We shouldn’t conclude from all this that dog’s color vision is not as good as that of humans. Lack of certain things is being compensated by nature by the abundance of others.
Dogs are excellent, for example, in detecting motion in a distance, doing it up to 20 times better than people.
That helps them to orientate better at night.
And their sense of smell, of course, is so developed that it is easily like having an extra eye, one that can look into the past and also inside the body.
Turning back to the question of the day ‘Can dogs see colors?‘ we can answer with certainty ‘yes, they can‘.
To differ from humans, who have three color-sensitive cone cells, your canine companions have only two, so their vision is dichromatic.
When faced with red or green objects your pooch will see them as being of the same color. However, they will be able to perceive the difference between the two based on their brightness.
The decades old myth of dogs being able to see only black and white is being dispersed, and now it is a known fact that canines see colors.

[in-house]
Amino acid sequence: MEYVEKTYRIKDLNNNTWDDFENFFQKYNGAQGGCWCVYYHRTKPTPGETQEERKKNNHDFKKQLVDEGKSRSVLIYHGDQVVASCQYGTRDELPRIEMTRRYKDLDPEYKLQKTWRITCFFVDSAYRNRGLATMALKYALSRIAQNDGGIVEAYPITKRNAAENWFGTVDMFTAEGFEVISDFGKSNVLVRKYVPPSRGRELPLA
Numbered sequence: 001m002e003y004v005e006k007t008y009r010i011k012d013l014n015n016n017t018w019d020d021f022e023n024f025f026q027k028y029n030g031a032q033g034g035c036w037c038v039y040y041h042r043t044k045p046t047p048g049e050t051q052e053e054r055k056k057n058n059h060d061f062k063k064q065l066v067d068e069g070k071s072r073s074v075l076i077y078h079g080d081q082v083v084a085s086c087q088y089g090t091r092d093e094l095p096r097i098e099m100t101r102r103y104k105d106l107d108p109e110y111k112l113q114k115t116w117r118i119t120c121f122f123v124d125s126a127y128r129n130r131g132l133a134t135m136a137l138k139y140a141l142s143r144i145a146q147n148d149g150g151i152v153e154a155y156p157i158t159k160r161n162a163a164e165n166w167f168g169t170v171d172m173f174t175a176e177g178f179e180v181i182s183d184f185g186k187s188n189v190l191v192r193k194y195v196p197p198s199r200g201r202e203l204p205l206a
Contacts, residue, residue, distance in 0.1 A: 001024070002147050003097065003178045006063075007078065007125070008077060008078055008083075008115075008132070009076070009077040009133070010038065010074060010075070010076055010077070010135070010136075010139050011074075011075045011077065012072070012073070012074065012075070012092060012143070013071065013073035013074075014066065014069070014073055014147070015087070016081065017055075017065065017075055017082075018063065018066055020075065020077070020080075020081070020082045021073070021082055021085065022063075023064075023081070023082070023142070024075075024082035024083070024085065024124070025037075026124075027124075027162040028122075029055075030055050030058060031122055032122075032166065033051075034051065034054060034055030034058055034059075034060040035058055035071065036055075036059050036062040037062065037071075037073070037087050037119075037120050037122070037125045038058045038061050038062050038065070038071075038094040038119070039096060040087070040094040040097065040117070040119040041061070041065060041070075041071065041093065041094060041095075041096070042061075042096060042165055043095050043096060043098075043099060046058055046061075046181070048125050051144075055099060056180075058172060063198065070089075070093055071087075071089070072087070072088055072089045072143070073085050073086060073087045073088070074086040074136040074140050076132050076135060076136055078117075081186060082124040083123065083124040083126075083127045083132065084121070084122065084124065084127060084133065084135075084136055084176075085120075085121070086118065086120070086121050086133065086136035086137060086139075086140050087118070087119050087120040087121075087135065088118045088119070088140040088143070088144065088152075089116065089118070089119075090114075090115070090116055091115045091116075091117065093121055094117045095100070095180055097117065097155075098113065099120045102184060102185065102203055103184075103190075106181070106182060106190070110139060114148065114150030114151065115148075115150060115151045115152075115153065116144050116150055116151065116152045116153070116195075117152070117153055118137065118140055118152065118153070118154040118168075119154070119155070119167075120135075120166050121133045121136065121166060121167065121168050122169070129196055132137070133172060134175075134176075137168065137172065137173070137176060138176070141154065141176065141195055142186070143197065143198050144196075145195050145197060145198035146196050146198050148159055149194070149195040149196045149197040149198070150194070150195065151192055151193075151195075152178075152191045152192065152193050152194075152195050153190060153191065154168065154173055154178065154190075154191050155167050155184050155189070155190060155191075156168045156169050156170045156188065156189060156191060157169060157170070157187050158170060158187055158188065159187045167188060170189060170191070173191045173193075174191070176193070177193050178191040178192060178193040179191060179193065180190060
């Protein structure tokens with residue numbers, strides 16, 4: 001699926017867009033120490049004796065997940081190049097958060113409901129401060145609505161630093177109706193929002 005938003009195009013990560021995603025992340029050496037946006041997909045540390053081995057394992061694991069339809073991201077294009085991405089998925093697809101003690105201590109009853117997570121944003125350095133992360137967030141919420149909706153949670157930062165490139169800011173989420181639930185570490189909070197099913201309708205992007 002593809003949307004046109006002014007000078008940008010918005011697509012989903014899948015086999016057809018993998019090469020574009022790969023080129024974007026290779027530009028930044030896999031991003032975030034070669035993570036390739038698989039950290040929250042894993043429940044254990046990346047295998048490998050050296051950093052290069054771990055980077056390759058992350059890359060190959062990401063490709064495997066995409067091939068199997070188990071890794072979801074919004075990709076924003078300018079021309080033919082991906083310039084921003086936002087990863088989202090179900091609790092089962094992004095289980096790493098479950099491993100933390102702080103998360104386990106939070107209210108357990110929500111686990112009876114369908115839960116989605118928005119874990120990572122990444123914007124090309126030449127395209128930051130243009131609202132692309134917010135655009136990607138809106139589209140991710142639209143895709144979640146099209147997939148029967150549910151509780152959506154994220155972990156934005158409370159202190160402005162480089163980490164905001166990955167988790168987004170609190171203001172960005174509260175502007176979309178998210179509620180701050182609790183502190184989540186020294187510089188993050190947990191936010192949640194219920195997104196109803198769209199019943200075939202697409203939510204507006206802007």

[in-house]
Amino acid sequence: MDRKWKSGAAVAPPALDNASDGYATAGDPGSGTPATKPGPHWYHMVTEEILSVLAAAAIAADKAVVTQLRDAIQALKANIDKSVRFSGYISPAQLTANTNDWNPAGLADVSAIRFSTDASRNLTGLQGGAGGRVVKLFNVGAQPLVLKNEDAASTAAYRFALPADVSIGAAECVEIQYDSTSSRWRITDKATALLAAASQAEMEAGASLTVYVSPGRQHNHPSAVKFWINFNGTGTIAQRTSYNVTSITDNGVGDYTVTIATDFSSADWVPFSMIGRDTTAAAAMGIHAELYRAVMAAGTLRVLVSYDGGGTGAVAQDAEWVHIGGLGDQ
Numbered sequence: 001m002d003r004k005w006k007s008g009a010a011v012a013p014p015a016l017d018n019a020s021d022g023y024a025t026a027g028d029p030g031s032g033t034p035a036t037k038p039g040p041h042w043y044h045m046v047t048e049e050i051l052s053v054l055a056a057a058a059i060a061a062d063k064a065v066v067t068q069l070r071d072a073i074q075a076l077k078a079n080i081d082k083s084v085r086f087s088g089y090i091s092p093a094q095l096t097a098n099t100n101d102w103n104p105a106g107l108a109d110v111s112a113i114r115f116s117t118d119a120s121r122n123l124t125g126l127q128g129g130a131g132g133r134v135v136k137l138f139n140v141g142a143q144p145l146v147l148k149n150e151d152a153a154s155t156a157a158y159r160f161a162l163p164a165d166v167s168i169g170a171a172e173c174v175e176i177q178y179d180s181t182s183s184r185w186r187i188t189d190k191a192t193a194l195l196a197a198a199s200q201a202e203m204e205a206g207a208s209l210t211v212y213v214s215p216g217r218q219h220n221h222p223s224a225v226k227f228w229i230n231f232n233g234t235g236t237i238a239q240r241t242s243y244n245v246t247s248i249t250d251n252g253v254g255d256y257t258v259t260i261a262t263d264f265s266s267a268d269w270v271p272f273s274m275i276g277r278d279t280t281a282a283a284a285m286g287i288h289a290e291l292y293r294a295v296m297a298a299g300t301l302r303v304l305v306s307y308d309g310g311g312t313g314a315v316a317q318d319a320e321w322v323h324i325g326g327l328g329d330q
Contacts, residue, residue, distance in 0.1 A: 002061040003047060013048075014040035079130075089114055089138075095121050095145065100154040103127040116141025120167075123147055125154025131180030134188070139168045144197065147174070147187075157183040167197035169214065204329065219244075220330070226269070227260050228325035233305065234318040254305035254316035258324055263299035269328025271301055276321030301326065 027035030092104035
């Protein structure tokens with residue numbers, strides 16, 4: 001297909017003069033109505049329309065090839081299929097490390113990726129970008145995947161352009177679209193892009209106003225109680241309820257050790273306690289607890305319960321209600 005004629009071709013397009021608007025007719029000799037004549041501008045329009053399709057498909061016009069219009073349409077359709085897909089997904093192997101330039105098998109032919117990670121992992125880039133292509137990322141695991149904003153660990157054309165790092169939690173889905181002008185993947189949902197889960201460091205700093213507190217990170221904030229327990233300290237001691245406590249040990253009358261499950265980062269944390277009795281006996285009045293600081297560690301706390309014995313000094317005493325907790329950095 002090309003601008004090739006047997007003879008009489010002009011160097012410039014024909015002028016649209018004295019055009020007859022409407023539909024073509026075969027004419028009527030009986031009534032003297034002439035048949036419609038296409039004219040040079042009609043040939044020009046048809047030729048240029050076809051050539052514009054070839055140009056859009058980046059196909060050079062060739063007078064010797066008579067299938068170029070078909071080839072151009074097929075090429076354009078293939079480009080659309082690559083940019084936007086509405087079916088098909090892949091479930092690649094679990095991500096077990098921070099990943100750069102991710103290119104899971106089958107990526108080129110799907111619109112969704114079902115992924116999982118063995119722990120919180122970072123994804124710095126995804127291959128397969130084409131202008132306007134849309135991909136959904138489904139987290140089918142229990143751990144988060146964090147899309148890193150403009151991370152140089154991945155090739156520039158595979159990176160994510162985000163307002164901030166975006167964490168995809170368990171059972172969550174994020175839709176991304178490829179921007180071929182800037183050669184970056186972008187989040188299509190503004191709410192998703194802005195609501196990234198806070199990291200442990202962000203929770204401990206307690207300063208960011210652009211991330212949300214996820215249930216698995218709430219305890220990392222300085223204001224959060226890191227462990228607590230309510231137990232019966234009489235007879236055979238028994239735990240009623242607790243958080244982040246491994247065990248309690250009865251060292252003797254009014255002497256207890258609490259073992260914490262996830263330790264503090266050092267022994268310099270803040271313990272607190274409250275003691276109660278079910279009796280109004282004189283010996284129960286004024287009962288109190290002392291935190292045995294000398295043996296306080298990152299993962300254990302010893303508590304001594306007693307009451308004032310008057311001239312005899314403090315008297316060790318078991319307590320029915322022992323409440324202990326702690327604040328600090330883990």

This finding is very helpful for us to understand our dogs better and is highly useful in their training and learning.
What Colors Can Dogs See?
Inside our eye, humans’ and dogs’, there are ‘cones‘; these are used to distinguish between colors.
The human eye has three ‘cones’, whereas the canine one has two, thus deciphering less colors, a condition similar to that of color blind people.
The color scale which dogs are capable of perceiving is as following: blue and yellow.
It might sound like not much but, if to think about it, it really is quite a lot; each color has many shades, with only blue surpassing sixty.
Same goes for yellow, starting with very light and all the way up to brown shades, dogs can see it all.
As for the colors they can’t see – red and green – they can still see the differences in objects based on their brightness.
So, it is not like if you throw your pooch a red ball on the grass, they will just walk by without ever taking notice of it.